Drug for alcoholism wins praise tempered with skepticism

January 22, 1995|By Jonathan Bor | Jonathan Bor,Sun Staff Writer

The unveiling last week of a drug that blunts the effects of alcohol qualified as a rare strike against the nation's greatest addiction. But the reception among alcoholics and the people who treat them was decidedly sober.

Many in the Baltimore area said there is more to defeating alcoholism than blocking the "buzz" that temporarily calms the nerves and chases bad memories. No pill, they said, can repair the broken egos and personal crises that drive many people to drink in the first place.

"The drug is an available tool, part of a treatment program," said Dr. James P. McGee, director of psychology and addictions programs at Sheppard and Enoch Pratt Hospital in Towson.

"By itself, it isn't going to get people a job, get their spouses back or fix their livers. People may not have the craving to use, but they might make the decision: 'What's the point of staying sober? My life is not improved.' You've got to attack addictions from 50 angles."

The government announced Tuesday that it has given market approval to naltrexone, the first drug in 47 years for the treatment of alcoholism. The Food and Drug Administration endorsed the drug after researchers showed that it significantly cut the relapse rate among alcoholics who had entered experimental treatment programs.

The drug is not new. A decade ago, it was offered to heroin users because of its ability to tie up the brain receptors that ordinarily get stimulated when someone shoots up that drug.

Addicts who used heroin felt nothing as long as they were taking the pill. Most, however, desperately missed the high, so they quit naltrexone and returned to their drug of choice -- heroin.

Despite naltrexone's spotty history with heroin users, researchers noticed a curious thing. Some of the addicts who were also alcoholics seemed to be drinking less.

That chance observation ignited a wave of research into naltrexone's potential against alcoholism.

In separate tests, researchers at Yale University and University of Pennsylvania said alcoholics who had taken naltrexone after going through detoxification stayed sober at much higher rates than did patients given placebos. Both groups took part in therapeutic programs while taking their pills.

The studies lasted three months.

At Penn, 23 percent of the alcoholics treated with naltrexone relapsed into drink, compared with 54 percent of those given placebos. The Yale results also were encouraging: a 39 percent relapse rate among people taking naltrexone, compared with 54 percent among those taking placebos.

For reasons that are not well understood, naltrexone seemed to blunt the craving for alcohol. Also, some people who strayed once or twice while taking naltrexone were able to get sober again because they didn't feel as high when they drank.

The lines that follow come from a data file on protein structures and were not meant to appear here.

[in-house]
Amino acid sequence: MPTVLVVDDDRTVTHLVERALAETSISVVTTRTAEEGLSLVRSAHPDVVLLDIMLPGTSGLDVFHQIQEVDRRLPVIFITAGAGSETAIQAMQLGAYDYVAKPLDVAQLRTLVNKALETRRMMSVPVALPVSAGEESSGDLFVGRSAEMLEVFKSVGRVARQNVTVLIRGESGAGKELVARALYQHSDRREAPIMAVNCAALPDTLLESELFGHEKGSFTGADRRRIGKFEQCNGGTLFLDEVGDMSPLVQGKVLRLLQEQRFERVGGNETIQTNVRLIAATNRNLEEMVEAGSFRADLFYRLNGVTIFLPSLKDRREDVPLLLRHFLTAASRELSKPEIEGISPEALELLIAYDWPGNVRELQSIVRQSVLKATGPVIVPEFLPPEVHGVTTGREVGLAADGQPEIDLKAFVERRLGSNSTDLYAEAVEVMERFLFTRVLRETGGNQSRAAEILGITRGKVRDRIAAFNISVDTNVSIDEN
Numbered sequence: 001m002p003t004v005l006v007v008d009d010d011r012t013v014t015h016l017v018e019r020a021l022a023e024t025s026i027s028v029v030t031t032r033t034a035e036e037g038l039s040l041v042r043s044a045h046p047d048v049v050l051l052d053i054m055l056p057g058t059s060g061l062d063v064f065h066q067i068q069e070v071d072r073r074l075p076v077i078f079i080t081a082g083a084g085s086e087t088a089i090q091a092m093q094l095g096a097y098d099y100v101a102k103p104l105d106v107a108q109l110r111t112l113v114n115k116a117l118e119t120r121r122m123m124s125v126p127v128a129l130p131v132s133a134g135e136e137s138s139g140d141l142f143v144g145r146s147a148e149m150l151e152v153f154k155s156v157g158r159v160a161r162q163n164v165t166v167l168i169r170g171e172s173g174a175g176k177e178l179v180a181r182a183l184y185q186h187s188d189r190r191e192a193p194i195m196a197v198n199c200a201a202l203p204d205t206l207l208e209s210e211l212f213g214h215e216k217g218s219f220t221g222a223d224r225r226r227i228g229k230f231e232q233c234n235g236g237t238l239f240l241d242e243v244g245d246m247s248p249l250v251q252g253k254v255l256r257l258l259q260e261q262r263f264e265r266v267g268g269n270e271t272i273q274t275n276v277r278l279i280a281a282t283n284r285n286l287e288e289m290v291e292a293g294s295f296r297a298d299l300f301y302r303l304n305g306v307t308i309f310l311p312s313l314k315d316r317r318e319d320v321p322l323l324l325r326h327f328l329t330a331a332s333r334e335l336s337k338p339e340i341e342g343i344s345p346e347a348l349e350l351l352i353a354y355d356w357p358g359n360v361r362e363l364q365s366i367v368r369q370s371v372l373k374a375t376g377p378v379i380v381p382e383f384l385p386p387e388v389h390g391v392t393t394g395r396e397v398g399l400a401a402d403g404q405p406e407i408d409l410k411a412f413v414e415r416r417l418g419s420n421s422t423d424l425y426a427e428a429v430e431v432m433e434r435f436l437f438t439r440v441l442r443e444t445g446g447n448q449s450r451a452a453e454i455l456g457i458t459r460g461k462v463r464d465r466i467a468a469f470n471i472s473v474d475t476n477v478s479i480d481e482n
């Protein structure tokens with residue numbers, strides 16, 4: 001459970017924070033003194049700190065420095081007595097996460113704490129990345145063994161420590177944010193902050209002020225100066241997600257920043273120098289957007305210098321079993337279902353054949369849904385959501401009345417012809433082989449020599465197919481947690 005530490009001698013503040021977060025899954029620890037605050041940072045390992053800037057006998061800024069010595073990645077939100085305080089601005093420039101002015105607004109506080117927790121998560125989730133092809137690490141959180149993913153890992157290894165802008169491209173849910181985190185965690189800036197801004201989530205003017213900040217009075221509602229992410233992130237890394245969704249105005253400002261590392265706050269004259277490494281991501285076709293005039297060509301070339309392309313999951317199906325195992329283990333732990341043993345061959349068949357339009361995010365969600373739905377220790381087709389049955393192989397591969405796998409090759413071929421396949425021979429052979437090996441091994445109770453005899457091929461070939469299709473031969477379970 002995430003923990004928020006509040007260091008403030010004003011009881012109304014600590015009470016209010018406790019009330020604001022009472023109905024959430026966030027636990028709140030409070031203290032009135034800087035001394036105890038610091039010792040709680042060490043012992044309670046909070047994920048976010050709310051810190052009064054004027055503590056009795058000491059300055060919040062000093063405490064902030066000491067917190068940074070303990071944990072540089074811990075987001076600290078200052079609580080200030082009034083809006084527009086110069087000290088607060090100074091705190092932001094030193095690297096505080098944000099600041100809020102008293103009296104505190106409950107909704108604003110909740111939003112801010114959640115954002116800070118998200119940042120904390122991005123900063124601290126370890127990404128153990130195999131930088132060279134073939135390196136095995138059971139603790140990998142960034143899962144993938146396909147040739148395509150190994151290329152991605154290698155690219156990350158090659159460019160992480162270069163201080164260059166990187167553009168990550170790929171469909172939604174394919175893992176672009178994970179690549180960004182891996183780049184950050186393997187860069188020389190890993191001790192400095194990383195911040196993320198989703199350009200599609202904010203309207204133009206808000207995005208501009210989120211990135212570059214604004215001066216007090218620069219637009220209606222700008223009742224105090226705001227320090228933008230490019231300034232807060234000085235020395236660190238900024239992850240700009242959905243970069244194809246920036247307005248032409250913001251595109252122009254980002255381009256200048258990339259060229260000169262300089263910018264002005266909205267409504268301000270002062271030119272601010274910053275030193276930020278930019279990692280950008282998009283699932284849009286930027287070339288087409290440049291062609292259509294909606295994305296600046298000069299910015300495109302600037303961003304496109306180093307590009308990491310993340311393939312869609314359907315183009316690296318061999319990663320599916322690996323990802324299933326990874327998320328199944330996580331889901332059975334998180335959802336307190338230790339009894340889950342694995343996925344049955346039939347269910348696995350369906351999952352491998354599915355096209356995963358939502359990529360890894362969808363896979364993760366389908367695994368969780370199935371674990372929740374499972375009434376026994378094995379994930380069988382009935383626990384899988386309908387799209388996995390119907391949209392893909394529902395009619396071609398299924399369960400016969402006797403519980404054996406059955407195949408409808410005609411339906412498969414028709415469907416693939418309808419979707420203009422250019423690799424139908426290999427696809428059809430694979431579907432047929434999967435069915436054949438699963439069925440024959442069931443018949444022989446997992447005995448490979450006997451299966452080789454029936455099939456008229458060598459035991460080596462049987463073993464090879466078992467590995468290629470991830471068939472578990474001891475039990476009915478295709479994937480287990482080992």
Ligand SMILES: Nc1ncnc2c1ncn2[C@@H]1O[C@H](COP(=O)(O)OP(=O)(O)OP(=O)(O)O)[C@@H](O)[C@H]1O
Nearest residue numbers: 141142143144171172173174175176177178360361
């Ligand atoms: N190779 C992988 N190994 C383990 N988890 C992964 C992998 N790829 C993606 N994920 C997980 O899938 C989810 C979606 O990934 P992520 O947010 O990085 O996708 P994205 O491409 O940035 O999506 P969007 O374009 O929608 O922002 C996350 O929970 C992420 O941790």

A big unknown is whether brief relapses in a short trial are harbingers of heavier drinking later.

One man, a Baltimore lawyer who has been sober for 17 years, said he fears that the treatment carries the dangerous message that alcoholics can afford to get drunk a time or two without risking repercussions.

"They may think, 'Maybe now that I'm taking this, I can take a few drinks and I won't get drunk.' Then, whammo, they're off the wagon and on the whiskey trail again."

Veterans Affairs hospitals also are testing naltrexone on alcoholics. Those results won't be known for many months.

pTC Harry Beckman, an alcoholic for 30 years, said he has been trying to get sober for the last 10. During that time, he failed in at least eight treatment programs at a succession of veterans hospitals.

He managed to stay sober for a few days or weeks but ultimately succumbed to the knotted stomach, the clenched muscles and overwhelming desire that came with abstinence.

Mr. Beckman even tried the drug Anabuse, which induces nausea when combined with alcohol. But he outwitted the therapy by simply waiting for the medication to wear off. Then he drank.

An Air Force veteran who served in Vietnam, Mr. Beckman had spent a decade sleeping in homeless shelters and panhandling for enough change to buy liquor. Nothing worked until he entered a naltrexone study at the Baltimore VA Medical Center last fall. That hospital, like other testing centers, administers the drug in conjunction with therapy and participation in self-help groups.

This time, Mr. Beckman said, the craving for alcohol never surfaced, and he has gone five months without a drink.

"That's just me," said Mr. Beckman, 51, conceding that the drug might not work for others. "I just pray to God for that pill."

In keeping with the methods of the study, he wasn't told whether he was taking naltrexone or a placebo during the three months he participated. He won't be told until researchers treat a total of 50 patients and compute the results.

But the transformation was so clear that his VA physician, Dr. Joseph Liberto, decided to give him the labeled drug, naltrexone, indefinitely.

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